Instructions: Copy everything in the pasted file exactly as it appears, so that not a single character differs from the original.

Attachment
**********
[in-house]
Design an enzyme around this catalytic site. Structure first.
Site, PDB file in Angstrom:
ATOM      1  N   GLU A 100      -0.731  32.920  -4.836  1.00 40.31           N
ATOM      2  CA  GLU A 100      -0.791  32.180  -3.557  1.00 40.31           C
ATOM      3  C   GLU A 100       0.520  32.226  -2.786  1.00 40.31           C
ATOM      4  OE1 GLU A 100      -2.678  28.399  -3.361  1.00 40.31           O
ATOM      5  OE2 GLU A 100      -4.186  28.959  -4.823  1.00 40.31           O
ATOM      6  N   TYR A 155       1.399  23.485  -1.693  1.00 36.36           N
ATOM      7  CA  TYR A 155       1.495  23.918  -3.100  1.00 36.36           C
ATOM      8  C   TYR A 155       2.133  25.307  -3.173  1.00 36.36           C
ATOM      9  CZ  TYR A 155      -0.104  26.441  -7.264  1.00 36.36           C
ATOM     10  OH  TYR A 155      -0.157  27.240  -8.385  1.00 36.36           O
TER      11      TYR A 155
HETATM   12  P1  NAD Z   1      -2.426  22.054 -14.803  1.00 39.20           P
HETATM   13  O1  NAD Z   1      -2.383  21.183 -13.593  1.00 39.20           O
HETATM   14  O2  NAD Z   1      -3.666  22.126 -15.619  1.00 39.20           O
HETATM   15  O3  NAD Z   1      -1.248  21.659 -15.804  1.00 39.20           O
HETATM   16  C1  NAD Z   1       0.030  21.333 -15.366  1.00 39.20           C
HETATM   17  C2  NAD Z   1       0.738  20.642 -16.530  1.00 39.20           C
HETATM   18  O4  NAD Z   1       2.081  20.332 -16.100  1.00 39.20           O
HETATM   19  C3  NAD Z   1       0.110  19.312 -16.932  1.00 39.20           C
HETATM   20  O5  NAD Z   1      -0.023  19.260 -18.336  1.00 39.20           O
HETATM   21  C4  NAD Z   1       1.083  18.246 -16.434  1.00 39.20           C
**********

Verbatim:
[in-house]
Design an enzyme around this catalytic site. Structure first.
Site, PDB file in Angstrom:
ATOM      1  N   GLU A 100      -0.731  32.920  -4.836  1.00 40.31           N
ATOM      2  CA  GLU A 100      -0.791  32.180  -3.557  1.00 40.31           C
ATOM      3  C   GLU A 100       0.520  32.226  -2.786  1.00 40.31           C
ATOM      4  OE1 GLU A 100      -2.678  28.399  -3.361  1.00 40.31           O
ATOM      5  OE2 GLU A 100      -4.186  28.959  -4.823  1.00 40.31           O
ATOM      6  N   TYR A 155       1.399  23.485  -1.693  1.00 36.36           N
ATOM      7  CA  TYR A 155       1.495  23.918  -3.100  1.00 36.36           C
ATOM      8  C   TYR A 155       2.133  25.307  -3.173  1.00 36.36           C
ATOM      9  CZ  TYR A 155      -0.104  26.441  -7.264  1.00 36.36           C
ATOM     10  OH  TYR A 155      -0.157  27.240  -8.385  1.00 36.36           O
TER      11      TYR A 155
HETATM   12  P1  NAD Z   1      -2.426  22.054 -14.803  1.00 39.20           P
HETATM   13  O1  NAD Z   1      -2.383  21.183 -13.593  1.00 39.20           O
HETATM   14  O2  NAD Z   1      -3.666  22.126 -15.619  1.00 39.20           O
HETATM   15  O3  NAD Z   1      -1.248  21.659 -15.804  1.00 39.20           O
HETATM   16  C1  NAD Z   1       0.030  21.333 -15.366  1.00 39.20           C
HETATM   17  C2  NAD Z   1       0.738  20.642 -16.530  1.00 39.20           C
HETATM   18  O4  NAD Z   1       2.081  20.332 -16.100  1.00 39.20           O
HETATM   19  C3  NAD Z   1       0.110  19.312 -16.932  1.00 39.20           C
HETATM   20  O5  NAD Z   1      -0.023  19.260 -18.336  1.00 39.20           O
HETATM   21  C4  NAD Z   1       1.083  18.246 -16.434  1.00 39.20           C